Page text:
President Trump has proposed a pay rise for teachers—armed ones, that is. The president said Thursday that arming teachers would make schools "hardened targets," and teachers who undergo weapons training and carry guns should get a bonus, CNN reports. "These people are cowards. They're not going to walk into a school if 20% of the teachers have guns—it may be 10% or may be 40%. And what I'd recommend doing is the people that do carry, we give them a bonus. We give them a little bit of a bonus," he said. The president slammed gun-free zones, saying they were like "ice cream" to killers. "They see that as such a beautiful target," he said. "They live for gun-free zones." More:
- Teachers' union responds. American Federation of Teachers chief Randi Weingarten said union members aren't interested in Trump's proposal. "Teachers don't want to be armed," he said. "We want to teach. We don't want to be, and would never have the expertise needed to be, sharp shooters; no amount of training can prepare an armed teacher to go up against an AR-15."
- NRA "reeled Trump back in." Democrats accused Trump of parroting the ideas of the gun lobby, the New York Times reports. "Not surprised the NRA reeled President Trump back in," said Senate Minority Leader Chuck Schumer. "Just amazed at how fast it happened." Chicago Mayor Rahm Emanuel said: "No police officer, no educator of any note is advocating that what we need is more weapons on school campuses rather than fewer."
- Shooter drills are "very negative." The president said school shooting drills were tough on kids and they're not something he wants to talk to his son about. "Active shooter drills is a very negative thing, I'll be honest with you," he said. "I think that's a very negative thing to be talking about." The Hill reports that White House spokesman Raj Shah later said Trump sees active shooter drills as a "bad brand" and thinks they should have a less frightening name, like "safety drills."
- Bucking the NRA. Trump's critics accuse him of being too cozy with the NRA, though some of his proposed policies put him directly at odds with the group, the AP reports. The president says he supports banning people under 21 from buying semi-automatic weapons, and he believes the NRA will eventually support the plan. "Congress is in a mood to finally do something on this issue - I hope!" he tweeted Thursday.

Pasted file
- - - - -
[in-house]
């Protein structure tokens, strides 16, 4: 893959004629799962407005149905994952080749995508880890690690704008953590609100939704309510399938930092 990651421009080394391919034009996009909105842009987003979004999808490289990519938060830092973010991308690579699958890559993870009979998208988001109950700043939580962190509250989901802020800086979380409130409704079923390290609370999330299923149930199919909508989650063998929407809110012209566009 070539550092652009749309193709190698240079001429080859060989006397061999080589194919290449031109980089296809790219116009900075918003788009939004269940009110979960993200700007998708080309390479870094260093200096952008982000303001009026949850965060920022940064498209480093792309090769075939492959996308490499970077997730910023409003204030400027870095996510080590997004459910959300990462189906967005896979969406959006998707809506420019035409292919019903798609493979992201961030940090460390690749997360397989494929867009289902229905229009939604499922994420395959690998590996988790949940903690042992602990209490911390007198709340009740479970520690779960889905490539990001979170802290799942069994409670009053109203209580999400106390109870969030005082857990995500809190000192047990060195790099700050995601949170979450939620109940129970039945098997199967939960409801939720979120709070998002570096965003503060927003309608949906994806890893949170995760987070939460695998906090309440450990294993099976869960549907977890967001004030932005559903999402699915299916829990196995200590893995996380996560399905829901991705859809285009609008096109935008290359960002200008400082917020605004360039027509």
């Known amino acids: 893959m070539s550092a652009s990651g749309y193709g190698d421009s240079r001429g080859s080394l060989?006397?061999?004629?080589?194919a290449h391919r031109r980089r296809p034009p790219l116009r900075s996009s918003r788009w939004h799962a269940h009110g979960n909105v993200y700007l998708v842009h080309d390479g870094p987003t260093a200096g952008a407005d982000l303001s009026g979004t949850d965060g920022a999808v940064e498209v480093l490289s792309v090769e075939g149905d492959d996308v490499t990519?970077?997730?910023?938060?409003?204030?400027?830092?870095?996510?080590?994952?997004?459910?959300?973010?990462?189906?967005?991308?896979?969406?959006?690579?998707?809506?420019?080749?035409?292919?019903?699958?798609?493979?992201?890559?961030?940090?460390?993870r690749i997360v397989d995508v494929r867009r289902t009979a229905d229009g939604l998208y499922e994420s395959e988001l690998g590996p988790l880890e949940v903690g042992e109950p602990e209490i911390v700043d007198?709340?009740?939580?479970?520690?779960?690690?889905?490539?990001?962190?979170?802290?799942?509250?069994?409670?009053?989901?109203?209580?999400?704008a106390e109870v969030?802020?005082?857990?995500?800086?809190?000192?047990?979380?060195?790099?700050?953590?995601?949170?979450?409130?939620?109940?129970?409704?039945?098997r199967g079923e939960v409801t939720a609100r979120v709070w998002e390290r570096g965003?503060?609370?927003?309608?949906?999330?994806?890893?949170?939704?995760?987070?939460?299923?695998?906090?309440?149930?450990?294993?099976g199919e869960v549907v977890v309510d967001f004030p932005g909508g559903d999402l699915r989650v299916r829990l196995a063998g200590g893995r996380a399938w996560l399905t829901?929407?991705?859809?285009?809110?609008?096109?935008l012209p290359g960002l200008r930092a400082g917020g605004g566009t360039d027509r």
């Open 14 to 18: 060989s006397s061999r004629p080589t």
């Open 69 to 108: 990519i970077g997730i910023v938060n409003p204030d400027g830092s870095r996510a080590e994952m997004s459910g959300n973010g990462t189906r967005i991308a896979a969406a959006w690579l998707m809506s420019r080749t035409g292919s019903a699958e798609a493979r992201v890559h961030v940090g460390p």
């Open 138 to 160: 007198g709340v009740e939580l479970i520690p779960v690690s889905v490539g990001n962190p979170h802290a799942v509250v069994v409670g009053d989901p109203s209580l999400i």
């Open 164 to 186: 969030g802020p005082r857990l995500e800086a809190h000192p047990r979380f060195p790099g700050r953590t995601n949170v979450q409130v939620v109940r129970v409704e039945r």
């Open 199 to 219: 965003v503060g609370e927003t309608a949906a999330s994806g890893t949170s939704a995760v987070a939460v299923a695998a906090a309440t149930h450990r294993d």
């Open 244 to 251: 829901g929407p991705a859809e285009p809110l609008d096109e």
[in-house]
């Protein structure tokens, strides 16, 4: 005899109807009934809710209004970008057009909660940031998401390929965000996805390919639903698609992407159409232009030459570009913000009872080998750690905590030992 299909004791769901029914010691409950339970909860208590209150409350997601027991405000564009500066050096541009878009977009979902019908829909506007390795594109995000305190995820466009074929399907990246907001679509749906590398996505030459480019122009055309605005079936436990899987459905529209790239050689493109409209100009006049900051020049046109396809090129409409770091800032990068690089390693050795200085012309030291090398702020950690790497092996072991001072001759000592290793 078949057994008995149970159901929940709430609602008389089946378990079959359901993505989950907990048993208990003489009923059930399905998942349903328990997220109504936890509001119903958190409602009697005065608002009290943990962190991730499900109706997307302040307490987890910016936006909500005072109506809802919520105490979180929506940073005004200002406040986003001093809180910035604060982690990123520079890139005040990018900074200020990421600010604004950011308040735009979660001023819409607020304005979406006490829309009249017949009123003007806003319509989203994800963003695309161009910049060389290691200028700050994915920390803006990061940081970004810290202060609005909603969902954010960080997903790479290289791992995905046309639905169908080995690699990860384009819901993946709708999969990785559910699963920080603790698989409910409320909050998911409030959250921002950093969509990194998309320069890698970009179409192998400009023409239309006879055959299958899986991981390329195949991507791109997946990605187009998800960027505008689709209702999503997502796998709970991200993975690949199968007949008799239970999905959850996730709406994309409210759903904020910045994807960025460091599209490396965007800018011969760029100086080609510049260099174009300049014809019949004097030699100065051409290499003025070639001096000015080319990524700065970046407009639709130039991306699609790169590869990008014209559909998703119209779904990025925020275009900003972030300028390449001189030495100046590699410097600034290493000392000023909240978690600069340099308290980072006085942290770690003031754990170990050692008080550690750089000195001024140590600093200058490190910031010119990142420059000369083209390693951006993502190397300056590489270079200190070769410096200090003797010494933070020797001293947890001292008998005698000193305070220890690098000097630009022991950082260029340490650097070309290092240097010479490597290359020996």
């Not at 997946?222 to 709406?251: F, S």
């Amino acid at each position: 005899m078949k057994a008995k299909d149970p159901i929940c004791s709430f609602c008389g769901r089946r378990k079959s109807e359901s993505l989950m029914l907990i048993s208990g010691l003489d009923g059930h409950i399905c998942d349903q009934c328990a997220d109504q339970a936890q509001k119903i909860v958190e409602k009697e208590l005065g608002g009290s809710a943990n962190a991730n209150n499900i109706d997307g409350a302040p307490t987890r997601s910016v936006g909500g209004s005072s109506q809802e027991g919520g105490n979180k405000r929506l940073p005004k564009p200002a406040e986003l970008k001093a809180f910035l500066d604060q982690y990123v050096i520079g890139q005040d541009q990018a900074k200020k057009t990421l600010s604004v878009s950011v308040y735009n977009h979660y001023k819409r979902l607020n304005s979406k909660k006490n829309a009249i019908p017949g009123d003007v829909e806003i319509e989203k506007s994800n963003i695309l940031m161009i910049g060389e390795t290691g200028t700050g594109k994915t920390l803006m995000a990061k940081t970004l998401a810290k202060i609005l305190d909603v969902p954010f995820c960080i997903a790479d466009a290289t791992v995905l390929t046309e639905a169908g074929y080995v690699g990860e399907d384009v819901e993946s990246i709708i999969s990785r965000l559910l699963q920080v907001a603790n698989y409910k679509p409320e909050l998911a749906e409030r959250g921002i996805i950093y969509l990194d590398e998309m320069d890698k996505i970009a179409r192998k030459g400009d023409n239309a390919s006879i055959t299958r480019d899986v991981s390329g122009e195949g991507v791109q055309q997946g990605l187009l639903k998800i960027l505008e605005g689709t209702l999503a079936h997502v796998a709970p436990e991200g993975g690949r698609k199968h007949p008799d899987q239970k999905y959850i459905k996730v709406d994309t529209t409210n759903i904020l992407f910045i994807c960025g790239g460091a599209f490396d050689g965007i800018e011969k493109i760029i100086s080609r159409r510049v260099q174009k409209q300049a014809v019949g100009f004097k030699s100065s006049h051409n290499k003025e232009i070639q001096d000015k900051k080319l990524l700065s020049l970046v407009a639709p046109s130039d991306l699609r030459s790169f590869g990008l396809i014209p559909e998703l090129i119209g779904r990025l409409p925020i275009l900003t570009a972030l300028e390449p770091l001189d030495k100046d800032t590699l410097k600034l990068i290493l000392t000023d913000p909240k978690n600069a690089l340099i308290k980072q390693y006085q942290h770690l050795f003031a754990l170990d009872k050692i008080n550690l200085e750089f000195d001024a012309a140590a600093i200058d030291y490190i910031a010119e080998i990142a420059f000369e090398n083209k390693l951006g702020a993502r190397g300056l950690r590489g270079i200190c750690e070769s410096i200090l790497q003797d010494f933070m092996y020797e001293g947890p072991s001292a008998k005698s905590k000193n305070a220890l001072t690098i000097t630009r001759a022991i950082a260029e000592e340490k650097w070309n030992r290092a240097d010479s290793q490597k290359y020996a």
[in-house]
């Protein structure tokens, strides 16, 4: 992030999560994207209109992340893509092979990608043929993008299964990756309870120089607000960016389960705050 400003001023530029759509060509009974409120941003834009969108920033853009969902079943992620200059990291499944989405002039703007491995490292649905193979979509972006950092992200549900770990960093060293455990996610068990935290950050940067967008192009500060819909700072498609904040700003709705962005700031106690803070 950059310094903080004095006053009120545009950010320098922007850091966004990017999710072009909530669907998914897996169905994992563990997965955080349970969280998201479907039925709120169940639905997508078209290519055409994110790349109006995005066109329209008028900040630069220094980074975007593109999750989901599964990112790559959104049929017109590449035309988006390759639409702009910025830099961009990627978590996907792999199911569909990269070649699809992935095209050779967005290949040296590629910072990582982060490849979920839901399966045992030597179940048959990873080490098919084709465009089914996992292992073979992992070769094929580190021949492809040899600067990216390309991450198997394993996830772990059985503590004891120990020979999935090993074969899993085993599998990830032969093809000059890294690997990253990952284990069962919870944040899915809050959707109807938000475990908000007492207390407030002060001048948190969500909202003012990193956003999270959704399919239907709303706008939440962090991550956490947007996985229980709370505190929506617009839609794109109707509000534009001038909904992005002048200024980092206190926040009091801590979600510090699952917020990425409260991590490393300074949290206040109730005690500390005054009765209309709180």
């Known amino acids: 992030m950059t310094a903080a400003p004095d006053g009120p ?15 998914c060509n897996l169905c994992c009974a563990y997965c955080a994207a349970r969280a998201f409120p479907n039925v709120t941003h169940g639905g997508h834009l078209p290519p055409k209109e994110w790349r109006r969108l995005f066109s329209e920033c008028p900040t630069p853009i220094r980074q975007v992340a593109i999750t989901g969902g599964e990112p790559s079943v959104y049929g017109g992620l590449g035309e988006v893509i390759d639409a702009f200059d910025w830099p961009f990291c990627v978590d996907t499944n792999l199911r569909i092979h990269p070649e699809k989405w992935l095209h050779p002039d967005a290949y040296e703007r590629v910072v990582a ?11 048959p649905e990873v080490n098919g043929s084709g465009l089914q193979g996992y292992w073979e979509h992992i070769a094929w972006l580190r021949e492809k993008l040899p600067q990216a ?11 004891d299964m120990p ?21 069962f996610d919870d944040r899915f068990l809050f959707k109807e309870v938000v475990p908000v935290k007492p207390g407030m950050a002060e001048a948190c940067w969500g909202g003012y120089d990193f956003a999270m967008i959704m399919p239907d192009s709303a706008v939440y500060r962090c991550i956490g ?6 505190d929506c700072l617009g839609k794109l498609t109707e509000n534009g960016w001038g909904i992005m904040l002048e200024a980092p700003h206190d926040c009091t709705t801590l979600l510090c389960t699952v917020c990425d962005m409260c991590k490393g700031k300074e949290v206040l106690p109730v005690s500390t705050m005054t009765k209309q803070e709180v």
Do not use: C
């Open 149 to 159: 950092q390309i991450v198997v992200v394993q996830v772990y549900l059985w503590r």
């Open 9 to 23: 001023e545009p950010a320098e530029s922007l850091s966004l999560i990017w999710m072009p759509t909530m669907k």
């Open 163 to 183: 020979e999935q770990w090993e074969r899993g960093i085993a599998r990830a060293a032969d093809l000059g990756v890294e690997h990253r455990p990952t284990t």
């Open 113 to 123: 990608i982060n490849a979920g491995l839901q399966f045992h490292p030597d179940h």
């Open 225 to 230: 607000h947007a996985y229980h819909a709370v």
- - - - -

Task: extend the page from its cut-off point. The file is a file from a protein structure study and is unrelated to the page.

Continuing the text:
- Listening phase. Aides say Trump, who met with attorneys general Thursday as well as state leaders, is still in the "listening phase" amid calls for action after the Parkland shooting, the Washington Post reports. The White House says, however, says proposals to ban semi-automatic rifles like the AR-15 are not being considered.
- "Fake News." Trump returned to an old theme Thursday following a Fox report on CNN's emotional town hall meeting in Florida Wednesday night, where Sen. Marco Rubio and an NRA spokeswoman were jeered by a crowd that included school shooting survivors. "School shooting survivor says he quit @CNN Town Hall after refusing scripted question," Trump tweeted. "Just like so much of CNN, Fake News. That’s why their ratings are so bad! MSNBC may be worse."
- "One of the greatest people I have ever known." The AP reports that a funeral was held Thursday for Aaron Feis, the football coach killed while shielding students during the Parkland shooting. Joe LaGuardia, who went to Marjory Stoneman Douglas High School with Feis, called him "one of the greatest people I have ever known."
(Broward County Sheriff Scott Israel says he was "devastated" to discover that the armed resource officer assigned to the school stayed outside instead of trying to stop the shooter